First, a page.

"Mueller's Inquiry was never a serious search for truth is that at no stage was any independent forensic independence taken from the DNC's servers, instead the word of the DNC's own security consultants was simply accepted as true. Finally no progress has been made – or is intended to be made – on the question of who killed Seth Rich, while the pretend police investigation has "lost" his laptop. "
See also Robert Muller: Establishment Sweethard helped Bush to see the Iraqq war https://youtu.be/mK5T_rZmVyg
Notable quotes:
"... Like the Wolfowitz explanation of the Iraq War, Russiagate is the idea around which varied interests can be organized. Cold Warriors like to hate on Russia. It justifies arms spending and their own importance. Clintonistas need an excuse to distract from her being a loser. The DNC needs an excuse for manipulating the candidate selection in favor of donor interests. "Moderates" need a distraction from their ongoing refusal to address the interests of voters. ..."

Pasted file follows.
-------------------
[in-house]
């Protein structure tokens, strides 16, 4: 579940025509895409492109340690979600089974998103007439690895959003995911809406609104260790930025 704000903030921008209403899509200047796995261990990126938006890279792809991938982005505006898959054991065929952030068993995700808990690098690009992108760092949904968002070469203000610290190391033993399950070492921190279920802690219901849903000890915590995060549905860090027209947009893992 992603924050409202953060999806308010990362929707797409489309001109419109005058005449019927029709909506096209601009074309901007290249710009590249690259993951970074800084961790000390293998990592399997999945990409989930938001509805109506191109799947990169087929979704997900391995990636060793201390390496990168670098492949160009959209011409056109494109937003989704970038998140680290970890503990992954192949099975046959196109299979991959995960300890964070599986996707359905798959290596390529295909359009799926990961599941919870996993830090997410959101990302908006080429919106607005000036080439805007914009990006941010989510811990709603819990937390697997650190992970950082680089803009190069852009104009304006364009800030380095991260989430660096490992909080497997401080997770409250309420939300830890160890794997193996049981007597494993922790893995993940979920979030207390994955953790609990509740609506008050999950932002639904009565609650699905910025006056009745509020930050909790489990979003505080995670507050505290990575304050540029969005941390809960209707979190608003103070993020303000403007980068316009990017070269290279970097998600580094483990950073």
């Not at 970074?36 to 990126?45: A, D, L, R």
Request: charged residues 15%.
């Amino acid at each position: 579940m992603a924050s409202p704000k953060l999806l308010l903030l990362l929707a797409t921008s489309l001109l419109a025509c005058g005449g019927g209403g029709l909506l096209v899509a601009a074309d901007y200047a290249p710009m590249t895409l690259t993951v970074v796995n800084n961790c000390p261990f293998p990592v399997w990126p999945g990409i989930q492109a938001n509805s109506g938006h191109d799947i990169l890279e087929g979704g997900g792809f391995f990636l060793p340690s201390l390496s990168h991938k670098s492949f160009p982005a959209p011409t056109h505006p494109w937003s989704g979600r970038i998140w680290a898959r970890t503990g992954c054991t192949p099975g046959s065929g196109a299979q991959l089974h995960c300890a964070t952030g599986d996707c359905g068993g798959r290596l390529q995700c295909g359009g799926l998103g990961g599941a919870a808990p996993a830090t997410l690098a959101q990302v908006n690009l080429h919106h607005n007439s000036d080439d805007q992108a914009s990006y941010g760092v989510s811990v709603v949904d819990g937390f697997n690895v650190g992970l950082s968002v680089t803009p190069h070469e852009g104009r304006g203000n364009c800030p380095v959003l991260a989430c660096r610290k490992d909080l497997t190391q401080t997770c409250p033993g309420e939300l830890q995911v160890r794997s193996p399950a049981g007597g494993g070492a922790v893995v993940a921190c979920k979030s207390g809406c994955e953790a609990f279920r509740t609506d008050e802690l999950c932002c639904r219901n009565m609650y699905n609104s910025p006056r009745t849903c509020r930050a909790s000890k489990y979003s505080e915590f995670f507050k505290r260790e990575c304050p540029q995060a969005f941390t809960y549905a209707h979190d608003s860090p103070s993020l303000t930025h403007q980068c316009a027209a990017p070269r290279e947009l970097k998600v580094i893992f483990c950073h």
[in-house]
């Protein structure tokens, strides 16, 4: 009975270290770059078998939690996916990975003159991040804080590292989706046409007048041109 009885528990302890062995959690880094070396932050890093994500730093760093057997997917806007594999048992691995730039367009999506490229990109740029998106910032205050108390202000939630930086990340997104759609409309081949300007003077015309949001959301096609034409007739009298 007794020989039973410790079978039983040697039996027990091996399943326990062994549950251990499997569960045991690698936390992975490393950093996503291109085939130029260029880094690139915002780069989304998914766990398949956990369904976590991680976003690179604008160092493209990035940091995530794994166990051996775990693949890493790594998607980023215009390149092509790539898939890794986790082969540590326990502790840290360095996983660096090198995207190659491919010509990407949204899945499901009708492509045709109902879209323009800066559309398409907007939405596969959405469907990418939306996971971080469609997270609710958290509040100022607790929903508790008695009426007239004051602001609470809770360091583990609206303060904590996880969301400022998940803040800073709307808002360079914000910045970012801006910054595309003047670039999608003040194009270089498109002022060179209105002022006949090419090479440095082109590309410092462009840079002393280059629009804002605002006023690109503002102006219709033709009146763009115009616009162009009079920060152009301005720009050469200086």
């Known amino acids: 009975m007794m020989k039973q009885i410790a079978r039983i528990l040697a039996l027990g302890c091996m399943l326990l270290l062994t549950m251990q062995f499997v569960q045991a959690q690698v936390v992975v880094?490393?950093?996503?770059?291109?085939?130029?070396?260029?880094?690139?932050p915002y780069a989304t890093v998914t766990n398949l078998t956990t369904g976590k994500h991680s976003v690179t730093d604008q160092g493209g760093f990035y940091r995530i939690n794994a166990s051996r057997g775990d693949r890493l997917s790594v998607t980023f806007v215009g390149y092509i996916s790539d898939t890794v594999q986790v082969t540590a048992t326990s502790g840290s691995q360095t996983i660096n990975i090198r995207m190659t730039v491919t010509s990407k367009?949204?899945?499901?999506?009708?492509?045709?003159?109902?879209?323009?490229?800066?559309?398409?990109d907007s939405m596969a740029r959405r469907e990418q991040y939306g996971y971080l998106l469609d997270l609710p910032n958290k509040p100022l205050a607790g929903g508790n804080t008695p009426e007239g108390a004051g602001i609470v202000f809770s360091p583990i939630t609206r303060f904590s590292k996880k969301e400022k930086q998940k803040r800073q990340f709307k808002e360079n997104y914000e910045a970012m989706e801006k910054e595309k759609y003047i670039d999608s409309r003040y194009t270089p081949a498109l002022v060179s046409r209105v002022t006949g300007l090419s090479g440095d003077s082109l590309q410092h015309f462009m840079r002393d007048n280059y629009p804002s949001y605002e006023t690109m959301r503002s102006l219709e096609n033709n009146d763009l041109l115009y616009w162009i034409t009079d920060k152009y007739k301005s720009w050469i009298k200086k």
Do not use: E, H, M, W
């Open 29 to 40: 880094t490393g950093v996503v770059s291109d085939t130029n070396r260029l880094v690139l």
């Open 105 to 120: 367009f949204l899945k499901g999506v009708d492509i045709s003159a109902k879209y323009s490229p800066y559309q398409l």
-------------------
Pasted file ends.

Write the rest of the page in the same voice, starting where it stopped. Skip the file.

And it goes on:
Aug 12, 2019 | consortiumnews.com
... ... ...

So, there we have it. Russiagate as a theory is as completely exploded as the appalling Guardian front page lie published by Kath Viner and Luke Harding fabricating the "secret meetings" between Paul Manafort and Julian Assange in the Ecuadorean Embassy. But the political class and the mainstream media, both in the service of billionaires, have moved on to a stage where truth is irrelevant, and I do not doubt that Russiagate stories will thus persist. They are so useful for the finances of the armaments and security industries, and in keeping the population in fear and jingoist politicians in power.